The leaders of the main religions in France called on Emmanuel Macron to express their “concerns” about the climate and call for “drastic and immediate” action, we learned on Thursday on the opening day of COP 28.
“We, representatives of the Buddhist, Jewish, Catholic, Protestant, Orthodox and Muslim faiths of our country, solemnly appeal to you in view of COP 28, and more broadly, on the profound ecological and living upheaval caused by human activities,” writes the Conference of Leaders of Religion in France (CRCF) in a letter to the Head of State.
Because "we are in a situation of extreme emergency", add the officials, who believe that "France must raise its response to the height" and "commit itself more resolutely than (it) did in international level.
“Action must be drastic and without delay. As religious leaders, we are committed to supporting everyone with the strong and demanding decisions that would be taken” during COP 28.
Linking the climate crisis to “a real spiritual and civilization crisis”, they therefore plead for a “paradigm change” and “a revolution of sobriety”.
“France must democratically choose a more sober way of life that is integrally linked to social justice,” they explain, believing that “there will be no transition without justice.”
Religious leaders also consider it "vital to exit fossil fuels in time, by immediately stopping investments in new projects" in favor of renewable energies.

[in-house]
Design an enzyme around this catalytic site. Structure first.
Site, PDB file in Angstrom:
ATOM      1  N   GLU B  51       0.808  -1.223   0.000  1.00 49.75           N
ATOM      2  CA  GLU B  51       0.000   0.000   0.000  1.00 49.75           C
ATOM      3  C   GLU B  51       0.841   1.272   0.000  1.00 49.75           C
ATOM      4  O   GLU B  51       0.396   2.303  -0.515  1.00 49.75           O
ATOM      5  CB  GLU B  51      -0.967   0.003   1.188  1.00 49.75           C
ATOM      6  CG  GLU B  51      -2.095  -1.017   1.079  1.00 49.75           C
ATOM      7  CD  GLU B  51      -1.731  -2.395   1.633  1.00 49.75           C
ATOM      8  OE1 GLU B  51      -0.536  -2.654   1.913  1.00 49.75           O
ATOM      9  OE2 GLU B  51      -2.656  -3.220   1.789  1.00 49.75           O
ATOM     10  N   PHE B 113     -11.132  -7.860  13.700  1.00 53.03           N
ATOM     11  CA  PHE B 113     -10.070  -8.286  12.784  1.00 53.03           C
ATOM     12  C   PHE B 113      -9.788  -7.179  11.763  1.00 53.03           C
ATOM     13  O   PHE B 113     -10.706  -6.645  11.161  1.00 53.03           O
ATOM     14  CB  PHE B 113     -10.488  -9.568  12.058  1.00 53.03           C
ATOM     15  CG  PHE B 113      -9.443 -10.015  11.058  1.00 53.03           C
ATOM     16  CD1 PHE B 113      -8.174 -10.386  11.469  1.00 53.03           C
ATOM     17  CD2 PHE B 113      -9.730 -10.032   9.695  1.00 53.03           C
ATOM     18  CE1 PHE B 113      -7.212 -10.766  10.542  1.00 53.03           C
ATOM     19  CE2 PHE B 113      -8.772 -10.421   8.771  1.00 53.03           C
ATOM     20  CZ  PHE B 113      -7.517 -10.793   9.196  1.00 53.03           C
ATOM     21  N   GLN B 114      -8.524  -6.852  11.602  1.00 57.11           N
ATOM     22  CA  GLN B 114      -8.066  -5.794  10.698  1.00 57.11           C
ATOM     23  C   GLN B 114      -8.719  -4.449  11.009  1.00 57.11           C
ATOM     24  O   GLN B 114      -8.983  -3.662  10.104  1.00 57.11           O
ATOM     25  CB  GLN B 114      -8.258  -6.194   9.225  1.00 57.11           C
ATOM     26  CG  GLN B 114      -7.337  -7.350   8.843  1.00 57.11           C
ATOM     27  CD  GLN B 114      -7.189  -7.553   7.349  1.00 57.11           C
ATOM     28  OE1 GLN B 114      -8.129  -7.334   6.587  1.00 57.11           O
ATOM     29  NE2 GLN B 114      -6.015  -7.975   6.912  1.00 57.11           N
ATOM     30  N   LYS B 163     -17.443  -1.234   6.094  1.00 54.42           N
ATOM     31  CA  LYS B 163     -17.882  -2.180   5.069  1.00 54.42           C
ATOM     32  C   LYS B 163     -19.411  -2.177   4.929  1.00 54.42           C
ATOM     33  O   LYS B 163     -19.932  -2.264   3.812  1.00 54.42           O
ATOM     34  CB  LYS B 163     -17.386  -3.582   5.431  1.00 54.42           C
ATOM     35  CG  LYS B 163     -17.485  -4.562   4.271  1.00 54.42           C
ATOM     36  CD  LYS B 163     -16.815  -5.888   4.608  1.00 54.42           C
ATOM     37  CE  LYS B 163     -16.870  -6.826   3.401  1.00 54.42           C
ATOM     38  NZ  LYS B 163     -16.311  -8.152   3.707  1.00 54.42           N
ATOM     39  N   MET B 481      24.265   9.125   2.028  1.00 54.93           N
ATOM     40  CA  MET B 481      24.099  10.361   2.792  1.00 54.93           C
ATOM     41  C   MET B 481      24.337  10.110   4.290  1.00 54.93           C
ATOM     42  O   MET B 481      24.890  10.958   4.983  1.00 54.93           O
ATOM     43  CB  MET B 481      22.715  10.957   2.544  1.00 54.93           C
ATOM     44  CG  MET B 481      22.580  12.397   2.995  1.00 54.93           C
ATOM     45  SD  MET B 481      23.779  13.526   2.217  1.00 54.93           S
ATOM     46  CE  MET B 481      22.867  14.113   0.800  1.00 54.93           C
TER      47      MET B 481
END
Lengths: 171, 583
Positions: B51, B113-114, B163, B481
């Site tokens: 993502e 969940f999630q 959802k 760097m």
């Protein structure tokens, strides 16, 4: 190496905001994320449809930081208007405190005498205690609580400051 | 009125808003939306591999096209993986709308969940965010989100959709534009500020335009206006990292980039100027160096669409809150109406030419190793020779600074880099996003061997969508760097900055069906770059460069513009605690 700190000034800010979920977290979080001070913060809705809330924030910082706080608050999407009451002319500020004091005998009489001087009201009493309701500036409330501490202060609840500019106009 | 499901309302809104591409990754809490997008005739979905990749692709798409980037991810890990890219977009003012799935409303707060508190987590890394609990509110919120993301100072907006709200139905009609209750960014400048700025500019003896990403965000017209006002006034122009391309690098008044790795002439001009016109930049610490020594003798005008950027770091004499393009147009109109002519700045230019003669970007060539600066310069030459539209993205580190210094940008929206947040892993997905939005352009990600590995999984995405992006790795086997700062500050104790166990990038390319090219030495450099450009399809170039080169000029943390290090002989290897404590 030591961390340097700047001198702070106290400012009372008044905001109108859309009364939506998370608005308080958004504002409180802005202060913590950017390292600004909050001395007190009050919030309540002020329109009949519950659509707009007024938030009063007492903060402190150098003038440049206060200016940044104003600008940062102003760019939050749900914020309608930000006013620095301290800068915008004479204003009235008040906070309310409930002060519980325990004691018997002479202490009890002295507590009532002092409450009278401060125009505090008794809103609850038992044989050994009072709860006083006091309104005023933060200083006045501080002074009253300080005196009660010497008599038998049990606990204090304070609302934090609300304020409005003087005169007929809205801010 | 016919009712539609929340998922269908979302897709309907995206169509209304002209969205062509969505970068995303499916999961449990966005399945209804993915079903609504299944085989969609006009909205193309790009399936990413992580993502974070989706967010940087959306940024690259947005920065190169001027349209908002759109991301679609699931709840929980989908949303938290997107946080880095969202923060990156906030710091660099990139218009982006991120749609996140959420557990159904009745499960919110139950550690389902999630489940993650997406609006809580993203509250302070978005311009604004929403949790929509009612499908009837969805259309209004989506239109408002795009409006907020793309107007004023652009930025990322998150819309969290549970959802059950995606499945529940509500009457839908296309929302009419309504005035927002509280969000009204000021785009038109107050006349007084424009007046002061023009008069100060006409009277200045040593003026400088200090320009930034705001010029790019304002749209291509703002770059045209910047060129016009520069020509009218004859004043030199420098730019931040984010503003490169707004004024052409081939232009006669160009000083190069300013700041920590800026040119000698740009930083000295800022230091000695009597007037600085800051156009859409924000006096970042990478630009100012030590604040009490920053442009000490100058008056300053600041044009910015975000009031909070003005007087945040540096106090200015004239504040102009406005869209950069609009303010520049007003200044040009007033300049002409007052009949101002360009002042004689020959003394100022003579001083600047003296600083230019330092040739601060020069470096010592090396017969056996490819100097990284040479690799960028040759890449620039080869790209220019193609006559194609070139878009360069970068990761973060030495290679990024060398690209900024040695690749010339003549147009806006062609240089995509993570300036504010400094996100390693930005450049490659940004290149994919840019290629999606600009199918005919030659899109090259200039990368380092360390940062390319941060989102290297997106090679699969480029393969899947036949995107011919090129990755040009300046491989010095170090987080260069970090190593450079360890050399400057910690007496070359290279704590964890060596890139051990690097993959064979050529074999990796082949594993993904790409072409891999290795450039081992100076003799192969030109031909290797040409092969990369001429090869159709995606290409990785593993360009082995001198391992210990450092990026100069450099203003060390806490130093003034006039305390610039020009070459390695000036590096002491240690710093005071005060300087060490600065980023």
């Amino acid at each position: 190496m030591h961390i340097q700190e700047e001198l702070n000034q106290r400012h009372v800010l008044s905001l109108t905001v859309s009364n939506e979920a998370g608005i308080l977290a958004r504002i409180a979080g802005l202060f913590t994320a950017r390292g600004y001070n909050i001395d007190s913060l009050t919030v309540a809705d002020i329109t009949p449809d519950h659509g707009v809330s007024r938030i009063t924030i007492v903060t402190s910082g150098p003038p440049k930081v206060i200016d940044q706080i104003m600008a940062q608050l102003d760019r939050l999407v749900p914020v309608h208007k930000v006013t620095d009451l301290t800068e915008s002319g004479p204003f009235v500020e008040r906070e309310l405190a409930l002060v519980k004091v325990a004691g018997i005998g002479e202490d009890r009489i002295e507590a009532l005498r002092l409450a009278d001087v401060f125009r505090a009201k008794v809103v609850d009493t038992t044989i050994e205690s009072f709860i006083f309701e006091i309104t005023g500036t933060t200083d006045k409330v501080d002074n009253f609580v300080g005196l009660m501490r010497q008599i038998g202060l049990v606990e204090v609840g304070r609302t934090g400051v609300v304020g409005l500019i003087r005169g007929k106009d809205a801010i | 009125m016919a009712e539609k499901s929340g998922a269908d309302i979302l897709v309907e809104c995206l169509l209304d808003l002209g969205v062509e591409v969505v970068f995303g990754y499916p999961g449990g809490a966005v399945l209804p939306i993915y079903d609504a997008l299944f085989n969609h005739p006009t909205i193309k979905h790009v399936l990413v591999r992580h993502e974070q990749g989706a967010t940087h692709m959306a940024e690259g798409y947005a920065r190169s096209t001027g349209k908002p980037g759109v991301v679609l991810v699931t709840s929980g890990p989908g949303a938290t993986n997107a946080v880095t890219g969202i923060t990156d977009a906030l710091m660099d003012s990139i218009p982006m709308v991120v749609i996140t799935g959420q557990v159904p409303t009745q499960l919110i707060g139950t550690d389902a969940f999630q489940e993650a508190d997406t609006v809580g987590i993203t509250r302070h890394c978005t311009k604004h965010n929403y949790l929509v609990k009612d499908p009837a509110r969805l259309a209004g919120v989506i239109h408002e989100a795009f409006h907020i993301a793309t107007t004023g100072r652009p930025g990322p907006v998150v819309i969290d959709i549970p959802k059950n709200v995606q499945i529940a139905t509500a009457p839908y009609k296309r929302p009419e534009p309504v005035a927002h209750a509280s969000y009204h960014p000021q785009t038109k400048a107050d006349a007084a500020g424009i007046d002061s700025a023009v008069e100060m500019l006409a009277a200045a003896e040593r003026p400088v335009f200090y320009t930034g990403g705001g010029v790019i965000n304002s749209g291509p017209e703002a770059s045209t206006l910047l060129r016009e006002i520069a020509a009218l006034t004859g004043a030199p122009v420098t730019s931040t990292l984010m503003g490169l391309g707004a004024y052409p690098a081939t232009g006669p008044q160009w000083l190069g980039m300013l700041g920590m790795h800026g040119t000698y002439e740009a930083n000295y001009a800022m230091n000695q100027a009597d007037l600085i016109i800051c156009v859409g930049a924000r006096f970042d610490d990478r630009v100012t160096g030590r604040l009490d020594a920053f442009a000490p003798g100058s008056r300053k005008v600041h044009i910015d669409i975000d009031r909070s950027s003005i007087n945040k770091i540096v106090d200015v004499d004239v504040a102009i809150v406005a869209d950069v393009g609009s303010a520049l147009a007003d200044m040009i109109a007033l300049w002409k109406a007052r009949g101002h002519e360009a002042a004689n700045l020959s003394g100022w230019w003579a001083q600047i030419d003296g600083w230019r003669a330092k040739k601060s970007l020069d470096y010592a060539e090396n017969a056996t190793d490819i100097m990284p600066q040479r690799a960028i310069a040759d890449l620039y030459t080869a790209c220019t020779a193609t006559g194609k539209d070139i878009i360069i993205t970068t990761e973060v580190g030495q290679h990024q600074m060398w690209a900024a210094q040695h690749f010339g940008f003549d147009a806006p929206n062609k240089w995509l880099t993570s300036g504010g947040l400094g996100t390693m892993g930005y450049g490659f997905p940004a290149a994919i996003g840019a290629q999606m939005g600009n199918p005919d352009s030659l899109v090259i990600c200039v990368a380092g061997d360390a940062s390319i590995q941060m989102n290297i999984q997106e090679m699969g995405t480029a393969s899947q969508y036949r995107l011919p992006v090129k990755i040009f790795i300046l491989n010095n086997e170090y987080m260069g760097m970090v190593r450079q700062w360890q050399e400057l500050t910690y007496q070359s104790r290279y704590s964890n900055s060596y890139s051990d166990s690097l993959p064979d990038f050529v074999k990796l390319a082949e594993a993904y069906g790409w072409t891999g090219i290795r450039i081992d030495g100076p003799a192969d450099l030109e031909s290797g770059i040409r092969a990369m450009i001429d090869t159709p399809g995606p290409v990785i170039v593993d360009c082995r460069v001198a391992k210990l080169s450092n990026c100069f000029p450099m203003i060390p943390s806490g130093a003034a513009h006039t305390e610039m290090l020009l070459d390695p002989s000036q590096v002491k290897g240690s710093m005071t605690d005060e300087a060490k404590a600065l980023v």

They also plead for “sustainable and equitable international financing” in favor of adaptation measures, in particular “for the benefit of countries in the South”.
Pope Francis planned to go to COP 28 but flu symptoms forced him to cancel the trip on Tuesday.
The letter is signed by Christian Krieger (president of the Protestant Federation of France), Eric de Moulins-Beaufort (president of the Conference of Bishops of France), Haïm Korsia (Chief Rabbi of France), Chems-eddine Hafiz (rector of the Grand Mosque of Paris), Mohammed Moussaoui (president of the Union of Mosques of France), Demetrios Ploumios (president of the assembly of Orthodox bishops of France) and Antony Boussemart (co-president of the Buddhist Union of France).
Writing (with AFP)